John Lee Dumas: I love it. I have focusatwill.com pinned on my Chrome browser 24 hours a day literally. I love it so much I interviewed the founder, Will. His name is actually Will, so it’s focusatwill.com and it’s a really cool app and he’s a really cool guy and Fire Nation plays that great music in the background that doesn’t distract you. It just keeps your mind focused. Now, if you’d recommend just one book for our listeners, Steli, what would it be and why?
Steli Efti: The Hard Thing About Hard Things from Ben Horowitz – the reason why is because it’s one of the most honest and harsh stories; a number of stories of somebody sharing them from the perspective of an entrepreneur and then later a CEO going through really tough moments from the start of a company to its IPO and all the soul-crushing, depressing moments he had to go through and how he overcame these. It’s a very, very honest book from somebody that’s today a billionaire and a big investor but had to go through some really hard times to get there.
John Lee Dumas: And of course we can’t forget, Fire Nation, The Ultimate Startup Guide to Outbound Sales by our very own Steli Efti. And Fire Nation I know you love audio so I teamed up with Audible and if you haven’t already you can get an amazing audio book for free at EOFireBook.com. Steli, this is the last question of the lightning round but it’s a doozy: imagine you woke up tomorrow morning in a brand new world, identical to Earth, but you knew no one. You still have all the experience and knowledge you currently have. Your food and shelter is taken care of but all you have is a laptop and $500. What would you do in the next seven days?
Steli Efti: That is a doozy. I would do two things. Number one, since food and shelter is taken care of I would try to find a cause to donate and invest my $500 into. I would try to explore this new world and find ways that this money could make a difference. I would spend the next seven days just writing about my experiences, what it is to be an alien in this new world and what I’m learning and how to start life from scratch.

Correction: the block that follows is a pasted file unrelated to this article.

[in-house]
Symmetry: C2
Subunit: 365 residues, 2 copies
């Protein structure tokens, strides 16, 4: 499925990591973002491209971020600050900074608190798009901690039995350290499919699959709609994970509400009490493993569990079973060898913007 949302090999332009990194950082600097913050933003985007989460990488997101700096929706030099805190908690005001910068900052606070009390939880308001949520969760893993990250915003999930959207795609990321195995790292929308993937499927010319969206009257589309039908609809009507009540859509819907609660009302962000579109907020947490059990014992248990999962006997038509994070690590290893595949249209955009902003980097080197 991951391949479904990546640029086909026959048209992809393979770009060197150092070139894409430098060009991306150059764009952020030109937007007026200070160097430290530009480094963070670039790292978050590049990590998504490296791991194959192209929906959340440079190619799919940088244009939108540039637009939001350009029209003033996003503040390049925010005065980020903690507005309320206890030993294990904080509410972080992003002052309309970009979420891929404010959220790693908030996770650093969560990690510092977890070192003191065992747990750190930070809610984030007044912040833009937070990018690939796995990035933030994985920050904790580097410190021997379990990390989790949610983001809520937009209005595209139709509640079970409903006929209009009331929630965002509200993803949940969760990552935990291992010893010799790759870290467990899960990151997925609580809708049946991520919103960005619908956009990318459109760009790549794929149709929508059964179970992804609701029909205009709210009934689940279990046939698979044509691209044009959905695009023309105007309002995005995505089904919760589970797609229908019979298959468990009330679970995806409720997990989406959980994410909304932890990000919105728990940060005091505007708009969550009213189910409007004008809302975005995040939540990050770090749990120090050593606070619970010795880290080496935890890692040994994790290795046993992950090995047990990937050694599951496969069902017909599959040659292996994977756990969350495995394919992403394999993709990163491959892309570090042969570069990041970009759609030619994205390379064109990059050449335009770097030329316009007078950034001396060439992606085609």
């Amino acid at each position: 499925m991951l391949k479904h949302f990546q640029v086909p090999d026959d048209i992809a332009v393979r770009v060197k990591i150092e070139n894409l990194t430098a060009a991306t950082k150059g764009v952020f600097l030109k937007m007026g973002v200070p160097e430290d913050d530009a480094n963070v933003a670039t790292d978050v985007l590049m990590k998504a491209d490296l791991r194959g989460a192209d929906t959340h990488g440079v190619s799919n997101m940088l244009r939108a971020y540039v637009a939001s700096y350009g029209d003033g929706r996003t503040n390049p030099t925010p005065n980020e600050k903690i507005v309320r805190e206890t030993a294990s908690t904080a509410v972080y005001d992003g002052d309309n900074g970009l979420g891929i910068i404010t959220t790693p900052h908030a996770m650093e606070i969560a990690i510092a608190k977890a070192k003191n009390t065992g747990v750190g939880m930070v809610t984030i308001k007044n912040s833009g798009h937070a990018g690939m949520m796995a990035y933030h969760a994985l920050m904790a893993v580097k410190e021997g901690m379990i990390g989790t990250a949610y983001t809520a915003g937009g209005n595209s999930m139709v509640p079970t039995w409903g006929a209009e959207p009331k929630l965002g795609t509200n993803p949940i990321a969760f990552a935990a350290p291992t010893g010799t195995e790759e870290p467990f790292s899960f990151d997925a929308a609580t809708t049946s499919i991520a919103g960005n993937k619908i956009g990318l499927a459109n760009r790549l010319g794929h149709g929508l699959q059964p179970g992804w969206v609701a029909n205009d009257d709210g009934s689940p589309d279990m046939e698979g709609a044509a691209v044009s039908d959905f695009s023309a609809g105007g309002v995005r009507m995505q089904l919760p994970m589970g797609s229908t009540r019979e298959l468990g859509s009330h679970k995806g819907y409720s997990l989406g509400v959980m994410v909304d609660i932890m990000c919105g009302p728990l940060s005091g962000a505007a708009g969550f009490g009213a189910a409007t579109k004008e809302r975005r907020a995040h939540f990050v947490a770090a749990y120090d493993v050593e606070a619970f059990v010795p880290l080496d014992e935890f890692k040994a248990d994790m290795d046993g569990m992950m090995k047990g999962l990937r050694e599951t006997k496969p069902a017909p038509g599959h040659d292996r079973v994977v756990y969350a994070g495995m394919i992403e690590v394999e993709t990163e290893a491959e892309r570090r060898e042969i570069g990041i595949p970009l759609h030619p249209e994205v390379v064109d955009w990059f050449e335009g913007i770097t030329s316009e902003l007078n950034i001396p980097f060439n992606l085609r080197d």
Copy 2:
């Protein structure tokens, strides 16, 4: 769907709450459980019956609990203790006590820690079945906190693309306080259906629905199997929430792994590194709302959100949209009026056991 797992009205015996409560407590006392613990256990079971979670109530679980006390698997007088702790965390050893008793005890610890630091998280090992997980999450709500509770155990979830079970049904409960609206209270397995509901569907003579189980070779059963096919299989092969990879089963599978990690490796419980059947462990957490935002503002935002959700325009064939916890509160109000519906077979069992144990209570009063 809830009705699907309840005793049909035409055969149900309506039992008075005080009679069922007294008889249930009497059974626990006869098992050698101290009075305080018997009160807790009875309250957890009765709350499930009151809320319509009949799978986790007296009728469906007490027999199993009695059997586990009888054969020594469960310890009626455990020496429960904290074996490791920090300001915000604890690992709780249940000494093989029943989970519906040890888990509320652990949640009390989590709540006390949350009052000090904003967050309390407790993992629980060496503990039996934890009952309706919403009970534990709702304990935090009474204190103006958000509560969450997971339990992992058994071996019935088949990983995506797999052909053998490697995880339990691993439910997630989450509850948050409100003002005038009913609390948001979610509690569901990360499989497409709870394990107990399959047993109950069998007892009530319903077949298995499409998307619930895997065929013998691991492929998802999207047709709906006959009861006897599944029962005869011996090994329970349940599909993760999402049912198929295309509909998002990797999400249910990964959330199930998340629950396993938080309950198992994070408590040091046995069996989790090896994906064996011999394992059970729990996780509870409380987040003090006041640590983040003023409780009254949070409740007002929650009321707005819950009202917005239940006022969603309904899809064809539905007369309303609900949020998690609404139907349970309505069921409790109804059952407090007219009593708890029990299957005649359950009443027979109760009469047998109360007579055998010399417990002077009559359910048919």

John Lee Dumas: Well Steli, let’s end on fire, brother. So, share a piece of parting guidance, the best way we can connect to you, and then we’ll say bye-bye.
Steli Efti: Right on. So first of all, a gift to the Fire Nation: if you go to resources.Close.IO/fire I’ve put together a seven-part email course on how to put your hustle on fire. I’m going to teach you everything you need to know to really crush it on hustling and sales and in life. So I’ve done that and at the end of the book The Ultimate Guide to Startup Sales is going to be available for free for Hustle Nation because I love you guys. I’ve been part of the Hustle Nation for a listener for a long time.
John Lee Dumas: Fire Nation, Fire Nation –
Steli Efti: Fire Nation – sorry about that – a Freudian slip right there. So, getting in touch with me is very simple. Just send me an email. It’s [email protected] or tweet at me at Steli, S-T-E-L-I. The parting words are: just do it anyway. Just go ahead and do it anyway. Whatever you want to do; if there’s one thing you’ve been thinking about for a while no matter how small or how big it is, after this podcast with John and me, just go ahead and do it. Just get started. It’s all that matters in life at the end of the day.
John Lee Dumas: Fire Nation, you’re the average of the five people you spend the most time with and you’ve been hanging out with S.E. and J.L.D. today, so keep up the heat. Head over to EOFire.com. Just type Steli, S-T-E-L-I in the search bar. His show notes page will pop right up with everything that we’ve been talking about today: resources, books – all the awesomeness. And of course, get your gift. Correct me if I’m wrong, Steli, but its resources.Close.IO/fire. Is that right?
Steli Efti: Beautiful – absolutely right.
John Lee Dumas: That will be linked up on the show notes page, Fire Nation, but you can go directly there: resources.Close.IO/fire. You’re going to be getting as a gift his book for free, The Ultimate Startup Guide to Outbound Sales right there. Email Steli directly: [email protected] and of course Twitter @Steli, S-T-E-L-I. All of this and more is going to be on the show notes page, Fire Nation. Steli, thank you for sharing your journey with Fire Nation today – for that we salute you and we’ll catch you on the flip side.
Steli Efti: Yes!
John Lee Dumas: Yes!